Tuesday, May 15, 2012

Seeing Pink

 For a Mother's Day luncheon with my sisters, I was tasked with bringing the dessert, and asked for a cake. This could have presented a problem, since some in my family don't like chocolate, some don't like banana, some eschew walnuts. Which meant that my down-pat, go-to cakes were off the table.

 This the cake I made--




I saw it on the cover of Better Homes and Gardens magazine, and couldn't resist, especially after reading the words "Pink Lemonade Cake." I love lemon, and I knew everyone else would too. It was pretty, with four layers comprised of two different shades of pink, inside.

 What I didn't realize was that this beauty would call for a full 2 pounds of butter, most of which went into the frosting, along with 32 ounces of-- wait for it-- Marshmallow Fluff.

I'm serious.

And you know what? It was delicious, and not difficult, with a stand mixer to help. If you make the frosting on one day, and then the cake the next, you won't even have to handwash the mixer parts in between, as I did, you can throw them in the dishwasher instead.  Just make sure you take the frosting out for an hour before using, to soften.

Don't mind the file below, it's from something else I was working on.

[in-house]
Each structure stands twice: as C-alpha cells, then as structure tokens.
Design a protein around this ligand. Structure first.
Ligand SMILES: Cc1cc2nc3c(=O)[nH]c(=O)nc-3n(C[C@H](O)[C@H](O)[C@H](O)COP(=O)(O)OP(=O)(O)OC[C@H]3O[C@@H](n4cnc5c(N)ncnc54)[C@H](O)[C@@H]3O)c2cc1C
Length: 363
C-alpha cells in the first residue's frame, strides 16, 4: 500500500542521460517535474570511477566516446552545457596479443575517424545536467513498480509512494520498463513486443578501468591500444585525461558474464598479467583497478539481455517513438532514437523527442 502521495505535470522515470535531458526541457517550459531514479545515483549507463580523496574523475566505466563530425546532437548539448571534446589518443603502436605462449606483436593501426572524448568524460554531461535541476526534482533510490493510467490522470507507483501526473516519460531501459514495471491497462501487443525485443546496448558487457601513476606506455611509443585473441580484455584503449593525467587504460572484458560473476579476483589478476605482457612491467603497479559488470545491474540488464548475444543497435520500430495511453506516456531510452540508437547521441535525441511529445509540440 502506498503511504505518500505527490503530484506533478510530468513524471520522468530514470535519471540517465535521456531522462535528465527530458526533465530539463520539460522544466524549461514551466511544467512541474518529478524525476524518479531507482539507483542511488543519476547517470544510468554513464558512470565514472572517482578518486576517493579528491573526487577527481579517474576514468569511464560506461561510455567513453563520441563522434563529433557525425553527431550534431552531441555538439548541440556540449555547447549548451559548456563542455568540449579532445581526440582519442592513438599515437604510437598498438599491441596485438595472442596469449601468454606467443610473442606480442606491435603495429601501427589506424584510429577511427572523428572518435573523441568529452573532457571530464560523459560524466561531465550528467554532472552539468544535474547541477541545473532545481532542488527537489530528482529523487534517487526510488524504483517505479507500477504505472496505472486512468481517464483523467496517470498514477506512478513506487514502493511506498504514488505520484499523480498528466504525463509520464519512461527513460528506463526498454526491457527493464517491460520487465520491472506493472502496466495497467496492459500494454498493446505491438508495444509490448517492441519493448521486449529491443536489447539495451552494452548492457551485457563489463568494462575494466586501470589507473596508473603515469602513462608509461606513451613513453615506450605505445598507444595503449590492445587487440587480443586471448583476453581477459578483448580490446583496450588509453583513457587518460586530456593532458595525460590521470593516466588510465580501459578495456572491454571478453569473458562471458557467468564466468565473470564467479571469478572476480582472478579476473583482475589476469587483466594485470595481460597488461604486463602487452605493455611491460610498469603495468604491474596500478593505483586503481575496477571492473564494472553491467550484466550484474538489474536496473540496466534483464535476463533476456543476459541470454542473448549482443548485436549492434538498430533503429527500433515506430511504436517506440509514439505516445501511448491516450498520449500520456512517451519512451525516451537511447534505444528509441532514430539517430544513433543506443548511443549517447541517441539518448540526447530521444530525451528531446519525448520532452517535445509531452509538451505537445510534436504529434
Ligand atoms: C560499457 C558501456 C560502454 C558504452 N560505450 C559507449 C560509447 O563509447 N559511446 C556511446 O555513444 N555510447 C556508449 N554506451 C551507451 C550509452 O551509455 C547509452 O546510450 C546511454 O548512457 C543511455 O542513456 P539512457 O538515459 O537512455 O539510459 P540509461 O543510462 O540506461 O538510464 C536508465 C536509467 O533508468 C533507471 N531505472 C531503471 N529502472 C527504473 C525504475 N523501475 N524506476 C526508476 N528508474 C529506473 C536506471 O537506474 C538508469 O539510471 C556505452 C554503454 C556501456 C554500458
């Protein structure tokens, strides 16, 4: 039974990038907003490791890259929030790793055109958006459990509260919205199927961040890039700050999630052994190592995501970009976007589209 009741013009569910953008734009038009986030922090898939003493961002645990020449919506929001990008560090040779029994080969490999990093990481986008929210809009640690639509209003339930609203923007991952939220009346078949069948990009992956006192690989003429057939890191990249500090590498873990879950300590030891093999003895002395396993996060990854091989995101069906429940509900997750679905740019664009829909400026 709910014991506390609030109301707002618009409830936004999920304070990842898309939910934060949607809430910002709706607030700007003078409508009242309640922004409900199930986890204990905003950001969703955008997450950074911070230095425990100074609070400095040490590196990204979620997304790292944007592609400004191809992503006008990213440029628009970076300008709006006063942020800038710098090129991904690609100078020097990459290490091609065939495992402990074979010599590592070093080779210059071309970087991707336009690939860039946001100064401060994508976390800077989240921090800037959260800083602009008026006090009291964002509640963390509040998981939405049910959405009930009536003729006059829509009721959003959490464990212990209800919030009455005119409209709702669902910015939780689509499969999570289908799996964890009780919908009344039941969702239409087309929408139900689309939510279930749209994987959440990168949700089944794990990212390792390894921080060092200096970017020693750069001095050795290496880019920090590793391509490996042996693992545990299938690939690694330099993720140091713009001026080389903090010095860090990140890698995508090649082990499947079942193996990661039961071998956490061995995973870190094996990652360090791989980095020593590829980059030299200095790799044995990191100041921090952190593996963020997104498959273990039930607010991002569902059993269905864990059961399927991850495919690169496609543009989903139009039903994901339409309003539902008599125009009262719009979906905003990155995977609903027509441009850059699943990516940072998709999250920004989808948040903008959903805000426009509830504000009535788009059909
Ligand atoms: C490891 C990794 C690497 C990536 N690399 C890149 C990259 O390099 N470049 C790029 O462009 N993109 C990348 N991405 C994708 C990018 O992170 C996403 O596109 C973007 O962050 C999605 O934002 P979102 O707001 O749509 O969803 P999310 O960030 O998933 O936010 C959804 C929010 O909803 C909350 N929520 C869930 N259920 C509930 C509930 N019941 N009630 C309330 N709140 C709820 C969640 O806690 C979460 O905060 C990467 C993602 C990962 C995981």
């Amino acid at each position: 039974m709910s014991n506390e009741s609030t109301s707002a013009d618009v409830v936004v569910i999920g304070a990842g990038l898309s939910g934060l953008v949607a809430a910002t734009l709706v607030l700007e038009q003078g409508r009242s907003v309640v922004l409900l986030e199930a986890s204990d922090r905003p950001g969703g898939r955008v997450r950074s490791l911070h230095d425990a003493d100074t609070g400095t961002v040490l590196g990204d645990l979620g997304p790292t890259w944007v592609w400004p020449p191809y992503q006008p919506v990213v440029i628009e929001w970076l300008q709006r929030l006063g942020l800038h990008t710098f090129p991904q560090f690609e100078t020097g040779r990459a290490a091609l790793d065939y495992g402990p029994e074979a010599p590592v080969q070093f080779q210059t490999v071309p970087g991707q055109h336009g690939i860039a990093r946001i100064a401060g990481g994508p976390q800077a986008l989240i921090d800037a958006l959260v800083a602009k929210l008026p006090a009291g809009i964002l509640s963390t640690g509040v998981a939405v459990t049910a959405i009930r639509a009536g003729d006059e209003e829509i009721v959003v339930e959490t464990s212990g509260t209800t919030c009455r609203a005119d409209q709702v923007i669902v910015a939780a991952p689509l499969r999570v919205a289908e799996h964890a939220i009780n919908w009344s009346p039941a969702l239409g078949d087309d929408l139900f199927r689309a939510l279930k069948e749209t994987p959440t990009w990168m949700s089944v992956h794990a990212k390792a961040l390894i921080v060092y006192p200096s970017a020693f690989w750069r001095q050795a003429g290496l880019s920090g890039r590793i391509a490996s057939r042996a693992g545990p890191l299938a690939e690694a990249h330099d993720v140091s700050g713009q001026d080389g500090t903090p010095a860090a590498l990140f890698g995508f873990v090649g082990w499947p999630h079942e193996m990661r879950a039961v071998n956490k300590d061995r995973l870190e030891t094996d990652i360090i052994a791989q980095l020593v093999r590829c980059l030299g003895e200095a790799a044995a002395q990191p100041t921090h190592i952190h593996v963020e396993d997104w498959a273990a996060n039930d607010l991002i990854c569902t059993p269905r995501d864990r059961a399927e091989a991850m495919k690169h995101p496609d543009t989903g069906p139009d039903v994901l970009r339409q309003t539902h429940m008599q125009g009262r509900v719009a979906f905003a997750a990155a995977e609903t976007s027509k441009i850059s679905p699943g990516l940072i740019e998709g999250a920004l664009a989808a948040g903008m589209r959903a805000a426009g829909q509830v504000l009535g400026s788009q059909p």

For once, I followed the recipe almost exactly; I didn't rush out and replace my lovely coloring gels with liquid red food coloring, and neither should you-- just tint carefully, and make sure the second panful of batter is a slightly deeper pink than the first.

Never having made buttercream without real butter, I can't say how this frosting recipe would turn out using margarine-- but the cake could easily accomodate oil instead of butter, using the same amount of fat (1 Cup). 

This is what the cake looks like inside: